I do support the recent comments by various tech industry professionals that we should understand that the app and supporting regulation has been commissioned as a matter of urgency, therefore, it will be imperfect at an early stage of release and it will need to be improved upon. I urge the government to continue modifying and rectifying issues as they arise. There's no doubt though that as many people have wrestled with whether or not they are comfortable with downloading the app trust in government has been a big part. It's been a moral quandary for many individuals, sometimes within same households.

Since the terrorist attacks on the World Trade Centre on 11 September 2001 data incursion has been pushed by government in the name of national security. As a result, Australians have seen a gradual erosion of their privacy and a rise of scepticism. Similarly, with the advent of social media and smartphones, tech companies are using data in the name of profiteering. Here users are asked to sacrifice their privacy to improve their experience and convenience. These developments have all been against the backdrop of a steady decline in trust in government, caused in part by regular scandals; the rushing through of the metadata retention laws in 2015 and the subsequent expansion of access under those laws; and the controversial My Health Record service. Lack of trust in the government and the lack of transparency of government are major hurdles for all those who have not yet downloaded the app. Government should show goodwill by urgently putting forward legislation in relation to a national integrity commission with real powers. This was promised at the end of 2019. It's still not before the House, yet we've seen a number of pieces of legislation brought here with urgency because the situation demanded it. It shows that, clearly, where there's a will, there's a way. There should be no further delay in introducing the legislation to ensure a national integrity commission with teeth, so that Australians can have confidence that there is accountancy and transparency in government.

Most recently—and yet again, in the press—the sports rorts scandal has reinforced that lack of trust in government. The recent revelations that there may in fact have been authorisation by the Prime Minister's office in relation to that sports expenditure, raise a really concerning inference that there may have been a misleading of the House in terms of responses. The very fabric of democracy is undermined if we can't trust what is said in this place. To that end, it is now more important than ever to form a national integrity commission and restore trust in the integrity of governments and transparency in governance. We've seen it in the very response to this crisis. We've seen the government establish the National COVID-19 Coordination Commission. There was certainly no promoting or advertising its creation or its content, the people on it or its agenda. There is no transparency in relation to its principles or its priorities. There is no accountability and no reporting mechanism. It's a clear lack of transparency. I note that, in fact, there will be an appearance before the Senate committee tomorrow by the National COVID-19 Coordination Commission members. I welcome hearing some of those answers. It's that lack of transparency that undermines trust in things like the app because, in a response to a crisis like this, it is so important that party politics be put aside and that everyone in this place come together to find solutions for the many Australians who are suffering through this crisis. Restoring that trust is absolutely vital.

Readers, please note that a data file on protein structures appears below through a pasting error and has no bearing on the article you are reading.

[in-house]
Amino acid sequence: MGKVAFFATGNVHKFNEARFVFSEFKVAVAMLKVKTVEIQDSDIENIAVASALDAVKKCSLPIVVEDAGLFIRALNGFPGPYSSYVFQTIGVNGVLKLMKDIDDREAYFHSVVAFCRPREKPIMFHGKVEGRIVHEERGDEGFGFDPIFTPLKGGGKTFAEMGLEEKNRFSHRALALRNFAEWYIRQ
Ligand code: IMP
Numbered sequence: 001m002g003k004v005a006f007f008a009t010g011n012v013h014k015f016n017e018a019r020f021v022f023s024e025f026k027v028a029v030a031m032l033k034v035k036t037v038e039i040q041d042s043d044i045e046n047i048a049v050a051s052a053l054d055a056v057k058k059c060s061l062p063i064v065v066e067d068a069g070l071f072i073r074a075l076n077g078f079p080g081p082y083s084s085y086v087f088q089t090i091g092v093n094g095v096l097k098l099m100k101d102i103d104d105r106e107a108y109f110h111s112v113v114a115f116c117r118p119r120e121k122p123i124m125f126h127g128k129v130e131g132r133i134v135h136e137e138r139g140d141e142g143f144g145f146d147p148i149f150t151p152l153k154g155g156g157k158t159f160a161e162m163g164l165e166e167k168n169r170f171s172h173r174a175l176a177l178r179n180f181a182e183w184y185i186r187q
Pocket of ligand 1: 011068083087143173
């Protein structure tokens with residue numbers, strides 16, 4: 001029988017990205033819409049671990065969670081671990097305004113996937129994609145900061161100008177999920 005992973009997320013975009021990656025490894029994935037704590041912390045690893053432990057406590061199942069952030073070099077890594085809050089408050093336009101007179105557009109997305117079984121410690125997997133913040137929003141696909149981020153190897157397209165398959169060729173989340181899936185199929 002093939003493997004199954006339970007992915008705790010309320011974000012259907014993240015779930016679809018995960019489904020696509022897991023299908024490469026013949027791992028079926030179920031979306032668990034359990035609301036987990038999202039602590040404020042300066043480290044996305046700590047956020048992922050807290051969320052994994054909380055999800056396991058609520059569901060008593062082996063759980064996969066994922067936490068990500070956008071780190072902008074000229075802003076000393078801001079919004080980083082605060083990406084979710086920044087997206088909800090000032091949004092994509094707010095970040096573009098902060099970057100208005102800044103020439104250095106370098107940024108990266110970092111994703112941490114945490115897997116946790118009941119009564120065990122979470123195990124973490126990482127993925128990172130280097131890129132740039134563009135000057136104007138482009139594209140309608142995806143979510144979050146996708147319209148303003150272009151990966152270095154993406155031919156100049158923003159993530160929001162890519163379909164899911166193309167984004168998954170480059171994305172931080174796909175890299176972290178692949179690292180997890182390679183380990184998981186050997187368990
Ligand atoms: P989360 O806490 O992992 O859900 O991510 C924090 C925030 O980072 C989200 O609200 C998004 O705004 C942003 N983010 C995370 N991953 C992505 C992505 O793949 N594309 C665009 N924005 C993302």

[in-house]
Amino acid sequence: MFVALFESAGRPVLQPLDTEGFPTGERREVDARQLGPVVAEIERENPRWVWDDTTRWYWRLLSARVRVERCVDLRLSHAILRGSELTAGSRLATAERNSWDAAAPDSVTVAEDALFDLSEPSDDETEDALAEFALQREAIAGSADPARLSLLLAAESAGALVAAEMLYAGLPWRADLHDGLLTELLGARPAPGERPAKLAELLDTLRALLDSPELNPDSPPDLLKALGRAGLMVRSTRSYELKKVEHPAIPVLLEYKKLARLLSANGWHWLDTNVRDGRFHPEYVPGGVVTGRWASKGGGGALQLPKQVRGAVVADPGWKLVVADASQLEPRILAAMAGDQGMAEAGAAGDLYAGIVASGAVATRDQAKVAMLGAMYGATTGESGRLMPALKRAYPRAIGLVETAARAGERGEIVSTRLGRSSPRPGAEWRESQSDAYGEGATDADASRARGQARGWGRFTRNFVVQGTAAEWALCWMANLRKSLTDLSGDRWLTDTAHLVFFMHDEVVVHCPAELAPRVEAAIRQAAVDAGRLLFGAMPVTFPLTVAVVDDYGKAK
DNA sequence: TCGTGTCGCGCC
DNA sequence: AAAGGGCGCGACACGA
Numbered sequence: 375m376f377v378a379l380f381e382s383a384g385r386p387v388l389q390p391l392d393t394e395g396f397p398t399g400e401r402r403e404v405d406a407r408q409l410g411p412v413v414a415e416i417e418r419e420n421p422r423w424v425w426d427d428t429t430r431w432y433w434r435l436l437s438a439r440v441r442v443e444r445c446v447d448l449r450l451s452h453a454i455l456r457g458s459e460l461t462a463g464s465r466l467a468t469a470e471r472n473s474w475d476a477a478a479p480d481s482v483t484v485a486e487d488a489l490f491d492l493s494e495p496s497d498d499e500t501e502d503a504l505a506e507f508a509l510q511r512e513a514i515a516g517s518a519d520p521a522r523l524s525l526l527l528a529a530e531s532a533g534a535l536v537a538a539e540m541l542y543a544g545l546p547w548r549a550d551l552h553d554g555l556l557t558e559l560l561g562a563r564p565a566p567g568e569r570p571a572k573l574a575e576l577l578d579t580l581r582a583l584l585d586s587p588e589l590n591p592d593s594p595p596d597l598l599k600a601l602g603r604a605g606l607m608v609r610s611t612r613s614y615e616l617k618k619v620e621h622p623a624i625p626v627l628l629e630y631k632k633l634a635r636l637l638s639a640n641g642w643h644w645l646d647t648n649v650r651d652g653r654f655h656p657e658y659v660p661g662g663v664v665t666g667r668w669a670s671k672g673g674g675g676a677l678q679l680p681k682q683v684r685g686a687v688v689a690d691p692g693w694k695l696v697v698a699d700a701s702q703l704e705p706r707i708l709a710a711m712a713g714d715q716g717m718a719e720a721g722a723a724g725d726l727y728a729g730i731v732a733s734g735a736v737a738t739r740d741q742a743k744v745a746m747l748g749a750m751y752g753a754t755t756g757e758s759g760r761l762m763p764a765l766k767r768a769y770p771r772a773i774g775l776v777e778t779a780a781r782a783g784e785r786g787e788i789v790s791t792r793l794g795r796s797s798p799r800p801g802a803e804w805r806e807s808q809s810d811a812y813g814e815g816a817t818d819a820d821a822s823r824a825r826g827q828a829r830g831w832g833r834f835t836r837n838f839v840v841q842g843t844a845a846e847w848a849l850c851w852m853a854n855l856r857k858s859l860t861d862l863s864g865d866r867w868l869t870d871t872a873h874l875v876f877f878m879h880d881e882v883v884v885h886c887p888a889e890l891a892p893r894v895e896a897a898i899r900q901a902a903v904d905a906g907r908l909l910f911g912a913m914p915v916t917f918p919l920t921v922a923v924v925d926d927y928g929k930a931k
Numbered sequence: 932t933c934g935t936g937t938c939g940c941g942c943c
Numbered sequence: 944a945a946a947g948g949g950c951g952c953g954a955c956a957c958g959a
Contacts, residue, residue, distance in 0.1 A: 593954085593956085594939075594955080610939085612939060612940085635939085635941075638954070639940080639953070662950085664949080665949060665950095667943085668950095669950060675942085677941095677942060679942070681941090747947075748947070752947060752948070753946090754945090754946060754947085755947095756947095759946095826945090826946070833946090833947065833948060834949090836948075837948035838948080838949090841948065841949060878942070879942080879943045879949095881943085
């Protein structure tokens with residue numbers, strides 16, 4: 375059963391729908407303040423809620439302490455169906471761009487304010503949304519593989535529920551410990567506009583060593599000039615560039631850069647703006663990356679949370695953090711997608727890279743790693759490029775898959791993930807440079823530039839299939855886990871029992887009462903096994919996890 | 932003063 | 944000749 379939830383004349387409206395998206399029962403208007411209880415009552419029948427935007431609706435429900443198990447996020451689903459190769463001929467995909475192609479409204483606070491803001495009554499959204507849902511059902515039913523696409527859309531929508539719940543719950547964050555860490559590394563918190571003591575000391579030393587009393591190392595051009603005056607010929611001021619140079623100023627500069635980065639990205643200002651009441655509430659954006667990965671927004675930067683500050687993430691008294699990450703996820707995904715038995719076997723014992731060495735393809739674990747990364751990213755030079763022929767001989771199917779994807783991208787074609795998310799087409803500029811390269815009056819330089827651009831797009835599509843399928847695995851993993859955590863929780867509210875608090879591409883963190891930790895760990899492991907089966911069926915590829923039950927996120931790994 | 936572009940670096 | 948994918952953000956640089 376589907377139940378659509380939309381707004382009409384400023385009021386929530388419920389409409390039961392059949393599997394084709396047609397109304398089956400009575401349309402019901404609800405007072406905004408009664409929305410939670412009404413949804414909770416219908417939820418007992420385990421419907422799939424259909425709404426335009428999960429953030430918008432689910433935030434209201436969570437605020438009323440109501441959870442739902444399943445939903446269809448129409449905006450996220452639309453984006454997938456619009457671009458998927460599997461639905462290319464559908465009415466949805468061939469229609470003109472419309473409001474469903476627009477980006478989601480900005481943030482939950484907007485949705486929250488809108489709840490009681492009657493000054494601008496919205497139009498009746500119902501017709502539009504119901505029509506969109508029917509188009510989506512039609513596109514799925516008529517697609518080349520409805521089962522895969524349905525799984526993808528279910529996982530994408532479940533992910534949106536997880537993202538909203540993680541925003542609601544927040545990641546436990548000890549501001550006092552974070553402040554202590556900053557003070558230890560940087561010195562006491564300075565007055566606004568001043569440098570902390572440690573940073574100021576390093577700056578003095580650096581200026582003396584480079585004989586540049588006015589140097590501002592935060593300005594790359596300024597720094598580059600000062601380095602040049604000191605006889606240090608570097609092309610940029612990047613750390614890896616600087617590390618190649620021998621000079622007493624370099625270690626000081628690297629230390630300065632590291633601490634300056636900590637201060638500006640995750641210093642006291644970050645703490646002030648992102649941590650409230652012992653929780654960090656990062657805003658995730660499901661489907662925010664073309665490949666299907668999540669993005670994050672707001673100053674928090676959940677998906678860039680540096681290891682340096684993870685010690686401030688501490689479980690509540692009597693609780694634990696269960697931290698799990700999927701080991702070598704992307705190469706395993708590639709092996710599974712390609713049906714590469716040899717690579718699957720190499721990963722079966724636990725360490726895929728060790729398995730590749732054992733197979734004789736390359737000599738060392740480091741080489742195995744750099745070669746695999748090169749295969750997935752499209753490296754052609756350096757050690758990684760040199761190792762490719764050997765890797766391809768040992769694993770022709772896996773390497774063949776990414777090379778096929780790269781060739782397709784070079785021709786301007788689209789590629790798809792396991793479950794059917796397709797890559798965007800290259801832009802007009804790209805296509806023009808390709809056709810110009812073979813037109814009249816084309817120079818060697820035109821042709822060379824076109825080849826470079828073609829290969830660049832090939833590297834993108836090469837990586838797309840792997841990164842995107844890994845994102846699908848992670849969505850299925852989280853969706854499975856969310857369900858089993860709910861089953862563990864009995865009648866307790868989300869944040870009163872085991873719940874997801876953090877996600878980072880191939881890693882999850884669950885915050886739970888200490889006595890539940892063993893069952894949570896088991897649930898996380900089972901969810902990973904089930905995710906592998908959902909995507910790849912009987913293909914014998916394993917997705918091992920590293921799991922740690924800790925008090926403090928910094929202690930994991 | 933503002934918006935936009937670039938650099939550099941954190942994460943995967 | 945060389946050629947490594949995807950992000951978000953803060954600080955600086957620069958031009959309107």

This app is mostly aimed at our younger generation. I think it's fair to say that our older generations are very cautious in their public interactions. If there is a lifting of restrictions, they are very focused on who they have contact with and maintaining social distancing. But the greater concern, as our younger people head back out into the community and are involved with and are in contact with more people, is that they download the app. So the government is asking for trust from our young people. I would argue that they are the very people that have been left last on the list of considerations by the government, so I would urge the government to think about putting in place more supporting measures for our young people, for all those on casual contracts who are not receiving assistance under the current packages. We have a generation that is facing so many challenges. They are deeply concerned about the impacts of climate change and of so many issues that are impacting around the world. They are deeply concerned about the debt that is being incurred and the economic crisis that is coming from this health crisis. They are the generation that will have to bear it on their shoulders. They will have to work hard, and they deserve this government's attention to give them hope and to give them a sense that they are very much at the centre of the focus of this government. If the government can give them that faith, trust, courage and the hope that they are a priority, I believe that they will turn around and be all the more supportive of this app, and they will trust the government when it comes to their privacy and download the app and play their part.

So it's important for all those who have been hesitant to download the app to date to make an informed decision. It is a part each and every one of us can play. It's important that you take that responsibility seriously and it is important you all do your bit. But, mostly, remember: it is not a solution; it is just another tool. So please maintain your physical distancing, maintain your hygiene and your social-distancing measures, get tested if you have any health concerns, and stay informed.